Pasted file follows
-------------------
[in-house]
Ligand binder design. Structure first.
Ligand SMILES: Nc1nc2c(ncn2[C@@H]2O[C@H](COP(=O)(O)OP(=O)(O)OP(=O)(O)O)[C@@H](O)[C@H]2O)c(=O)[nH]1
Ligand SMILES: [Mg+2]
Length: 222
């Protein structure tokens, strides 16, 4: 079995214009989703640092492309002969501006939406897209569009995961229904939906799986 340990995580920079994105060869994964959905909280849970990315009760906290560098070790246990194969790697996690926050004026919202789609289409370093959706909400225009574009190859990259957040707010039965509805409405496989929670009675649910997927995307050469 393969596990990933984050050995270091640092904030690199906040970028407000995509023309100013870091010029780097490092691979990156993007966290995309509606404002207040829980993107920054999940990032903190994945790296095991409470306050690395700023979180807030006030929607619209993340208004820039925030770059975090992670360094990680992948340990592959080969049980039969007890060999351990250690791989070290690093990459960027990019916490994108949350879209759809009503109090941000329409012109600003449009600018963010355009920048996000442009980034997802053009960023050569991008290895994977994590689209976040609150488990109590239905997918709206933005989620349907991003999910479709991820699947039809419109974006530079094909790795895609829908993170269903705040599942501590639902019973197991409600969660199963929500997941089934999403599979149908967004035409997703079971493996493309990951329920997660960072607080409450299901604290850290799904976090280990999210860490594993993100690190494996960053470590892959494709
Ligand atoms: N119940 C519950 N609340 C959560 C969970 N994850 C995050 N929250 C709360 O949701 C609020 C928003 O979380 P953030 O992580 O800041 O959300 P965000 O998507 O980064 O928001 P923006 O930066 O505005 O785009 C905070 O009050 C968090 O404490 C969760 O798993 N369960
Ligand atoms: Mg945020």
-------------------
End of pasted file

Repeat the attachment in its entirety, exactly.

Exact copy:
[in-house]
Ligand binder design. Structure first.
Ligand SMILES: Nc1nc2c(ncn2[C@@H]2O[C@H](COP(=O)(O)OP(=O)(O)OP(=O)(O)O)[C@@H](O)[C@H]2O)c(=O)[nH]1
Ligand SMILES: [Mg+2]
Length: 222
């Protein structure tokens, strides 16, 4: 079995214009989703640092492309002969501006939406897209569009995961229904939906799986 340990995580920079994105060869994964959905909280849970990315009760906290560098070790246990194969790697996690926050004026919202789609289409370093959706909400225009574009190859990259957040707010039965509805409405496989929670009675649910997927995307050469 393969596990990933984050050995270091640092904030690199906040970028407000995509023309100013870091010029780097490092691979990156993007966290995309509606404002207040829980993107920054999940990032903190994945790296095991409470306050690395700023979180807030006030929607619209993340208004820039925030770059975090992670360094990680992948340990592959080969049980039969007890060999351990250690791989070290690093990459960027990019916490994108949350879209759809009503109090941000329409012109600003449009600018963010355009920048996000442009980034997802053009960023050569991008290895994977994590689209976040609150488990109590239905997918709206933005989620349907991003999910479709991820699947039809419109974006530079094909790795895609829908993170269903705040599942501590639902019973197991409600969660199963929500997941089934999403599979149908967004035409997703079971493996493309990951329920997660960072607080409450299901604290850290799904976090280990999210860490594993993100690190494996960053470590892959494709
Ligand atoms: N119940 C519950 N609340 C959560 C969970 N994850 C995050 N929250 C709360 O949701 C609020 C928003 O979380 P953030 O992580 O800041 O959300 P965000 O998507 O980064 O928001 P923006 O930066 O505005 O785009 C905070 O009050 C968090 O404490 C969760 O798993 N369960
Ligand atoms: Mg945020």